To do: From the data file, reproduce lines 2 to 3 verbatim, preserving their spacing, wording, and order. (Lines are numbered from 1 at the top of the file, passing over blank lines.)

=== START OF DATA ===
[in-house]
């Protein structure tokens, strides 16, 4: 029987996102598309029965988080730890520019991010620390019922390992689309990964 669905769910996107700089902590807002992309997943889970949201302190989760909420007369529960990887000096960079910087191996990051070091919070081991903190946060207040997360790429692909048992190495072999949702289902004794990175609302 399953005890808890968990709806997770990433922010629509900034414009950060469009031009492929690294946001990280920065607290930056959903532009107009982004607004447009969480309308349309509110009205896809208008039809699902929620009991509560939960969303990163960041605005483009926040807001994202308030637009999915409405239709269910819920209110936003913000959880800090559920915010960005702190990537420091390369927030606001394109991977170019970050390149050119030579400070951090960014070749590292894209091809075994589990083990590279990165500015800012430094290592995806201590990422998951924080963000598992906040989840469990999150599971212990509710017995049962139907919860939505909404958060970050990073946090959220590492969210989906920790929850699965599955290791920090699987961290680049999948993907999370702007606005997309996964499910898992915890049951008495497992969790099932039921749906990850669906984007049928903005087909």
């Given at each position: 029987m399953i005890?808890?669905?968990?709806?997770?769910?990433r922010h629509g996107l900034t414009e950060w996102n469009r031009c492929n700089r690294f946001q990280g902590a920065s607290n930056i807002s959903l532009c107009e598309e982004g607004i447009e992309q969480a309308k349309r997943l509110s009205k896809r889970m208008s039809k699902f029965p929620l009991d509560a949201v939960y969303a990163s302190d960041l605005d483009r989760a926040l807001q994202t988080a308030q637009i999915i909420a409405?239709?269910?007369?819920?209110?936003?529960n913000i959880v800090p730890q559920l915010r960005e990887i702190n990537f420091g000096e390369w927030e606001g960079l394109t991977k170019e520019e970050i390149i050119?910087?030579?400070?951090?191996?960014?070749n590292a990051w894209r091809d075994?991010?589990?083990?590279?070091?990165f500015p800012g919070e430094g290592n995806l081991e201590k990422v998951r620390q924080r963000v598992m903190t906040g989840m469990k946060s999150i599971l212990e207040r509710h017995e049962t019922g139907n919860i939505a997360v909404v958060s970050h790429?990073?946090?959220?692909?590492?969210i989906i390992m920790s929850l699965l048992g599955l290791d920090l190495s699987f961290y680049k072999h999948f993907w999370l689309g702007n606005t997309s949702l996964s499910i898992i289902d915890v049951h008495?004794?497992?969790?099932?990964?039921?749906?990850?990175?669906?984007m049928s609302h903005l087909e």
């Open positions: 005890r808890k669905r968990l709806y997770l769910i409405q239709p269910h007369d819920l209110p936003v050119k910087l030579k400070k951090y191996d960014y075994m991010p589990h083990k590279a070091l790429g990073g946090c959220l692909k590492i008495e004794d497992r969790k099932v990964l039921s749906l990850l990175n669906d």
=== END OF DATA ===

């Protein structure tokens, strides 16, 4: 029987996102598309029965988080730890520019991010620390019922390992689309990964 669905769910996107700089902590807002992309997943889970949201302190989760909420007369529960990887000096960079910087191996990051070091919070081991903190946060207040997360790429692909048992190495072999949702289902004794990175609302 399953005890808890968990709806997770990433922010629509900034414009950060469009031009492929690294946001990280920065607290930056959903532009107009982004607004447009969480309308349309509110009205896809208008039809699902929620009991509560939960969303990163960041605005483009926040807001994202308030637009999915409405239709269910819920209110936003913000959880800090559920915010960005702190990537420091390369927030606001394109991977170019970050390149050119030579400070951090960014070749590292894209091809075994589990083990590279990165500015800012430094290592995806201590990422998951924080963000598992906040989840469990999150599971212990509710017995049962139907919860939505909404958060970050990073946090959220590492969210989906920790929850699965599955290791920090699987961290680049999948993907999370702007606005997309996964499910898992915890049951008495497992969790099932039921749906990850669906984007049928903005087909």
């Given at each position: 029987m399953i005890?808890?669905?968990?709806?997770?769910?990433r922010h629509g996107l900034t414009e950060w996102n469009r031009c492929n700089r690294f946001q990280g902590a920065s607290n930056i807002s959903l532009c107009e598309e982004g607004i447009e992309q969480a309308k349309r997943l509110s009205k896809r889970m208008s039809k699902f029965p929620l009991d509560a949201v939960y969303a990163s302190d960041l605005d483009r989760a926040l807001q994202t988080a308030q637009i999915i909420a409405?239709?269910?007369?819920?209110?936003?529960n913000i959880v800090p730890q559920l915010r960005e990887i702190n990537f420091g000096e390369w927030e606001g960079l394109t991977k170019e520019e970050i390149i050119?910087?030579?400070?951090?191996?960014?070749n590292a990051w894209r091809d075994?991010?589990?083990?590279?070091?990165f500015p800012g919070e430094g290592n995806l081991e201590k990422v998951r620390q924080r963000v598992m903190t906040g989840m469990k946060s999150i599971l212990e207040r509710h017995e049962t019922g139907n919860i939505a997360v909404v958060s970050h790429?990073?946090?959220?692909?590492?969210i989906i390992m920790s929850l699965l048992g599955l290791d920090l190495s699987f961290y680049k072999h999948f993907w999370l689309g702007n606005t997309s949702l996964s499910i898992i289902d915890v049951h008495?004794?497992?969790?099932?990964?039921?749906?990850?990175?669906?984007m049928s609302h903005l087909e």